$> mysqlsh lucy%40MYSQL.LOCAL:password@localhost:3308/my_db 
--mysql-plugin-dir="/usr/local/mysql/lib/plugin"

In this example, percent encoding (%40) replaces the reserved @ character in the principal name and password is the value set for the MySQL Server variable authentication_ldap_sasl_bind_root_pwd. For the list of server variables related to Kerberos authentication through LDAP SASL, see Configure the Server-Side SASL LDAP Authentication Plugin for GSSAPI/Kerberos.

Prior to invoking MySQL Shell, you can obtain and cache a ticket-granting ticket from the key distribution center independently of MySQL. In this case, invoke MySQL Shell without specifying a user-name or password option:

$> mysqlsh localhost:3308/my_db --auth-method=authentication_ldap_sasl_client 
--mysql-plugin-dir="/usr/local/mysql/lib/plugin"

Specifying the --auth-method=authentication_ldap_sasl_client option is mandatory when user credentials are omitted.

Kerberos Authentication

MySQL Shell is capable of establishing connections for accounts that use the authentication_kerberos server-side authentication plugin, provided that the correct Kerberos tickets are available or can be obtained from Kerberos. As of MySQL Enterprise Edition 8.0.27, that capability is available on hosts running Linux and Windows (version 8.0.26 supports Linux only). For detailed setup information, see Kerberos Pluggable Authentication.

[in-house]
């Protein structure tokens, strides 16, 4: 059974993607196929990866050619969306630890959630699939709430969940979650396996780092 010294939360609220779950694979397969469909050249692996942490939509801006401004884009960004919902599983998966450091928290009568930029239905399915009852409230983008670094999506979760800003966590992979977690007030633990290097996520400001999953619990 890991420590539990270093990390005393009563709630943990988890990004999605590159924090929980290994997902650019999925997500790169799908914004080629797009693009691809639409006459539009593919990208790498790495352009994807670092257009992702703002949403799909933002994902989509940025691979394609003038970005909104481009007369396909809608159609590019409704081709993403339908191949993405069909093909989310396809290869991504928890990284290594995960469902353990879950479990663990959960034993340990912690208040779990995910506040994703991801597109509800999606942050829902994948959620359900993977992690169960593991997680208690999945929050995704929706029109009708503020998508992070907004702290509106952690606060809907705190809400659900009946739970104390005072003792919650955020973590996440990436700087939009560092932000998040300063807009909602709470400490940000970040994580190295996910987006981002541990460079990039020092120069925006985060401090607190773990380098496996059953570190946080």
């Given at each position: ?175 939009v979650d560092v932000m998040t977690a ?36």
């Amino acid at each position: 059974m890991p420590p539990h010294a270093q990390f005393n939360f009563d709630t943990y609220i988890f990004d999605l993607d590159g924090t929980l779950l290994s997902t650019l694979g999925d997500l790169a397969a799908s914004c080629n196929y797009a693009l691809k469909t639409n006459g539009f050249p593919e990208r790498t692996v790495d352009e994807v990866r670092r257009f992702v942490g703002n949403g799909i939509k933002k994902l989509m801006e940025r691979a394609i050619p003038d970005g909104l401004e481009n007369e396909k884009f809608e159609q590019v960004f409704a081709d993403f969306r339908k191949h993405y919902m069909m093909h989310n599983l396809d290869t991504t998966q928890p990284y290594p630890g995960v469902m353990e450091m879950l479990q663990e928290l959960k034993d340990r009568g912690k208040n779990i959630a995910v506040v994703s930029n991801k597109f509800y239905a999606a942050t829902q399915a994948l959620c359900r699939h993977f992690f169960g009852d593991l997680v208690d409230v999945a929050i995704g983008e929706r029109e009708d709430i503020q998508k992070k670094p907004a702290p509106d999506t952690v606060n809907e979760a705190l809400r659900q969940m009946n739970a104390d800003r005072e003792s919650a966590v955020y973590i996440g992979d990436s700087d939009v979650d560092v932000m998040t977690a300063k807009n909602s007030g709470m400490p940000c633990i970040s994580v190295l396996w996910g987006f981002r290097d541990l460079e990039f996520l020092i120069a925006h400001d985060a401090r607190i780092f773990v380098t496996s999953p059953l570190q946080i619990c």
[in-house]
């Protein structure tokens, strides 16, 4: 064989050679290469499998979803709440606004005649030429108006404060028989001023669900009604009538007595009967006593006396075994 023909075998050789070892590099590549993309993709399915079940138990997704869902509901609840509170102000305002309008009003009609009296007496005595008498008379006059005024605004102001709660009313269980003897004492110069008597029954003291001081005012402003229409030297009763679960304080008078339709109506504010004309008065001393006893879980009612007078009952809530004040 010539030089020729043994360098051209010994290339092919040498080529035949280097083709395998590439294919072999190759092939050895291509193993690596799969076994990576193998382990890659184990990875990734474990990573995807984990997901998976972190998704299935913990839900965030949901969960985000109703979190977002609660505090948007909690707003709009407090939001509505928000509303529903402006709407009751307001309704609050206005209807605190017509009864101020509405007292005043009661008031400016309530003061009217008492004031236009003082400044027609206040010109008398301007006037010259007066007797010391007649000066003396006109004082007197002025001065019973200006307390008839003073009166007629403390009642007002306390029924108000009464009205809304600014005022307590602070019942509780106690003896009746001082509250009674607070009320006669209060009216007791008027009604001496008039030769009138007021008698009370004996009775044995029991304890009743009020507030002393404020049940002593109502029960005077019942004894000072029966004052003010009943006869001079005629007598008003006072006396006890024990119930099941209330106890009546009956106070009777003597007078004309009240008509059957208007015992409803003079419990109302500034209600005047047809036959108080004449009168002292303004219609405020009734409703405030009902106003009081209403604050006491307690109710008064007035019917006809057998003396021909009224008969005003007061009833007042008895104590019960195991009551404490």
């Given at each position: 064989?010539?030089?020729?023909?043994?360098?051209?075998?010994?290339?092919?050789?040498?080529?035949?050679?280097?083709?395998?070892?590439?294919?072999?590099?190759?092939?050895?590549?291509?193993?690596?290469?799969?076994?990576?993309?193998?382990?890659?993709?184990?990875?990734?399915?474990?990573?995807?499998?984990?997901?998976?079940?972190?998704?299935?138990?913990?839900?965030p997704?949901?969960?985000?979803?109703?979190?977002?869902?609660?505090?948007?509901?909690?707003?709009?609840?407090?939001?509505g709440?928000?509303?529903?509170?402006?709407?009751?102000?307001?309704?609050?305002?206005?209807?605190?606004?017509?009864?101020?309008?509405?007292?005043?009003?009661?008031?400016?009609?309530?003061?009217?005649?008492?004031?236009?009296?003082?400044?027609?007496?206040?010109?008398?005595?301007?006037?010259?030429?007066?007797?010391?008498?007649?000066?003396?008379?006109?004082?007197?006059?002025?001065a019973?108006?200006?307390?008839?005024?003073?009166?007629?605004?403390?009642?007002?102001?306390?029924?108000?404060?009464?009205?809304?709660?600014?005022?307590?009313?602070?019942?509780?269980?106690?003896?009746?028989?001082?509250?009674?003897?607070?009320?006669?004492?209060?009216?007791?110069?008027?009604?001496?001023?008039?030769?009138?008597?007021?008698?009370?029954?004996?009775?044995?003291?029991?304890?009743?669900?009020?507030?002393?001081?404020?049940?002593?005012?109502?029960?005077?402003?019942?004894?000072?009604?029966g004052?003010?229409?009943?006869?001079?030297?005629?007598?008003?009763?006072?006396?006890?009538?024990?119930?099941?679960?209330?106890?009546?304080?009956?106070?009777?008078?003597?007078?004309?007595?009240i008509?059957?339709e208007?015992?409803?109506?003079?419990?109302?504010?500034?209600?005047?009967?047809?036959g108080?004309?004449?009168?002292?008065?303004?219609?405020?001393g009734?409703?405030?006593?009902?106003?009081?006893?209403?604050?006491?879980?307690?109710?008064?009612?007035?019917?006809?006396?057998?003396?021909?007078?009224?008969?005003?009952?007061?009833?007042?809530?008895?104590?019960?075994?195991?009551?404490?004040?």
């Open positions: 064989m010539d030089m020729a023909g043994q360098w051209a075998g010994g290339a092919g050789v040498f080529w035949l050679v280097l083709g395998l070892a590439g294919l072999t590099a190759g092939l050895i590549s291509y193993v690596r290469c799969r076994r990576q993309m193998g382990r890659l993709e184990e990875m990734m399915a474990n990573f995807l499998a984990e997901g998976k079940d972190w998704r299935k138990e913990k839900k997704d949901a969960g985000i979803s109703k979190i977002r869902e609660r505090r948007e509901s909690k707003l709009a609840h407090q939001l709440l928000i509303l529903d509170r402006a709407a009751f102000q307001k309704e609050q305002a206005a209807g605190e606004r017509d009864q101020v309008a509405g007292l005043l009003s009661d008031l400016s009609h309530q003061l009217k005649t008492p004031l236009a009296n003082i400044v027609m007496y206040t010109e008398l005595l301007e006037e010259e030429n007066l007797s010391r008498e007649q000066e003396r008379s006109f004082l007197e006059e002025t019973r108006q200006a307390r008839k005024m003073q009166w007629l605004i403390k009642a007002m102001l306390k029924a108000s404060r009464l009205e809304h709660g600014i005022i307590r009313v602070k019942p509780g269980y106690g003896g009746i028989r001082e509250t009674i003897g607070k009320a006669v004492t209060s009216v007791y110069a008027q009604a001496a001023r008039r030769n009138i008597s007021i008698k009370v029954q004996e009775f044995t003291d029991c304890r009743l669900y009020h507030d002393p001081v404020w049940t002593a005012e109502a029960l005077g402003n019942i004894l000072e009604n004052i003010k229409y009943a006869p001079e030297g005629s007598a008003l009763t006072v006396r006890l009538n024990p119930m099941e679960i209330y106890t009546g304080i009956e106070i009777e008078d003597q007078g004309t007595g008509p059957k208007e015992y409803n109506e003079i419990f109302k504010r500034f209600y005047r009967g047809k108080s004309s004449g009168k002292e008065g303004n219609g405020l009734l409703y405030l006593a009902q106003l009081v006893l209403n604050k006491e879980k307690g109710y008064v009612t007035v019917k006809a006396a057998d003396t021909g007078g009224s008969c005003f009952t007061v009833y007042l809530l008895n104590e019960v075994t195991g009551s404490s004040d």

Kerberos authentication can combine the user name (for example, lucy) and the realm domain specified in the user account (for example, MYSQL.LOCAL) to construct the user principal name (UPN), such as lucy@MYSQL.LOCAL. To create a MySQL account that corresponds to the UPN lucy@MYSQL.LOCAL, use this statement:

CREATE USER 'lucy' 
   IDENTIFIED WITH authentication_kerberos 
   BY 'MYSQL.LOCAL';

The client-side plugin uses the UPN and password to obtain a ticket-granting ticket (TGT), uses the TGT to obtain a MySQL service ticket (ST), and uses the ST to authenticate to the MySQL server.

The following command permits you to establish a global session on a Linux host for the user created in the previous example. You must specify the location of the server's plugin directory, either as the persistent shell.options.mysqlPluginDir connection option or as a non-persistent command option, for example:

$> mysqlsh lucy:3308 --mysql-plugin-dir="/usr/local/mysql/lib/plugin"
Please provide the password for 'lucy@localhost:3308': UPN_password

Prior to invoking MySQL Shell, you can obtain and cache a TGT from the key distribution center independently of MySQL. In this case, invoke MySQL Shell without specifying a user-name or password option:

$> mysqlsh localhost:3308 --auth-method=authentication_kerberos_client
--mysql-plugin-dir="/usr/local/mysql/lib/plugin"

Specifying the --auth-method=authentication_kerberos_client option is mandatory when user credentials are omitted.